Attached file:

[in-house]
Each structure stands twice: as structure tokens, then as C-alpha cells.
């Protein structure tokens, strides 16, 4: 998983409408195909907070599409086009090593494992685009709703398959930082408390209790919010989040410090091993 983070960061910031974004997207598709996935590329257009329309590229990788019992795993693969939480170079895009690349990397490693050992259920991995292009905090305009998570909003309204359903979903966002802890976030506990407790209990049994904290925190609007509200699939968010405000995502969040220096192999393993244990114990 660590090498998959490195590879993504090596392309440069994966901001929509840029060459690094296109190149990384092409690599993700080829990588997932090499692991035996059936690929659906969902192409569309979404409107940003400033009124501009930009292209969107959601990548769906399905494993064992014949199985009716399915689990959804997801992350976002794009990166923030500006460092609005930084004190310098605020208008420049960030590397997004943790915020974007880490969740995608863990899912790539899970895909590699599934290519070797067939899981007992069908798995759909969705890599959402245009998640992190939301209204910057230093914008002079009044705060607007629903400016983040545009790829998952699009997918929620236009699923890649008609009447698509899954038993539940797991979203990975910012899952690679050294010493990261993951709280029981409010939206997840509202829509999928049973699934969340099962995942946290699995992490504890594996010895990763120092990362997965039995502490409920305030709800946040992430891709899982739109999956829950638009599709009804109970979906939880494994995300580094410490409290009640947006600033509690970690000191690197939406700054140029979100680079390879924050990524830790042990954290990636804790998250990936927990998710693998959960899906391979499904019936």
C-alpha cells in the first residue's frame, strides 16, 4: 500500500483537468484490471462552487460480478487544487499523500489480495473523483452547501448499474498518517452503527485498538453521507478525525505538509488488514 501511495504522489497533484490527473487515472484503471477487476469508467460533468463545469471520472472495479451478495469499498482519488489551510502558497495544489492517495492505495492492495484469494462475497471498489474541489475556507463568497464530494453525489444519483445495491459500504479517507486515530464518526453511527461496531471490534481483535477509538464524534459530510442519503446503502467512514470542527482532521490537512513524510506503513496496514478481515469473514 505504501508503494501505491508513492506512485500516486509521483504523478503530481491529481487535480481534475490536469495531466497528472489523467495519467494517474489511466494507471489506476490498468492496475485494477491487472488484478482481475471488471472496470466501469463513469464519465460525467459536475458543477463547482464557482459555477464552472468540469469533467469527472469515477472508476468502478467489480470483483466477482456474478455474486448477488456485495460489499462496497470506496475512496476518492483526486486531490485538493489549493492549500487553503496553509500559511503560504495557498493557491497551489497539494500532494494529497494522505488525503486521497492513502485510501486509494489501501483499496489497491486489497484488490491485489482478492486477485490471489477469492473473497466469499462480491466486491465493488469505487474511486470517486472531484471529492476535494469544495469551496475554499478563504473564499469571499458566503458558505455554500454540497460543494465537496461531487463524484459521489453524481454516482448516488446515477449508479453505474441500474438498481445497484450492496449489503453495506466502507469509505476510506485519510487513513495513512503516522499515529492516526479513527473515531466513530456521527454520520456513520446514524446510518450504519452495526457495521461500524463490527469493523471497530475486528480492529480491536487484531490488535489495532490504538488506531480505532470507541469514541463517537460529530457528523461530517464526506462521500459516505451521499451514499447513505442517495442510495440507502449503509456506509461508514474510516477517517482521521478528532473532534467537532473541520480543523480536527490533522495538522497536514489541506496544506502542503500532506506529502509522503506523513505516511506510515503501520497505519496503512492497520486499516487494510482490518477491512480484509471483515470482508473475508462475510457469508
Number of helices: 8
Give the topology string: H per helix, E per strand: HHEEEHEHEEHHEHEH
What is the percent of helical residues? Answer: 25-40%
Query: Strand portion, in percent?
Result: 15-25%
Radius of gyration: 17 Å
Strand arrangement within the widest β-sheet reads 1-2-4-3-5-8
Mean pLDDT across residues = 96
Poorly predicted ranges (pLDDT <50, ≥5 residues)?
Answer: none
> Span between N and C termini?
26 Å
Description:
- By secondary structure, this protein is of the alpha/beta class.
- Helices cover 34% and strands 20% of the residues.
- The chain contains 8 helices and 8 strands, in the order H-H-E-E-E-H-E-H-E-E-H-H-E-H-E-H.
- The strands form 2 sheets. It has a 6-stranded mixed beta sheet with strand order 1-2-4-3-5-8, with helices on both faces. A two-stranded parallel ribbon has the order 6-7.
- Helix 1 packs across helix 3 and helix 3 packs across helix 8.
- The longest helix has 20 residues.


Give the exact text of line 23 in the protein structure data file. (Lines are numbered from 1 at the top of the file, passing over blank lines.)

- The longest helix has 20 residues.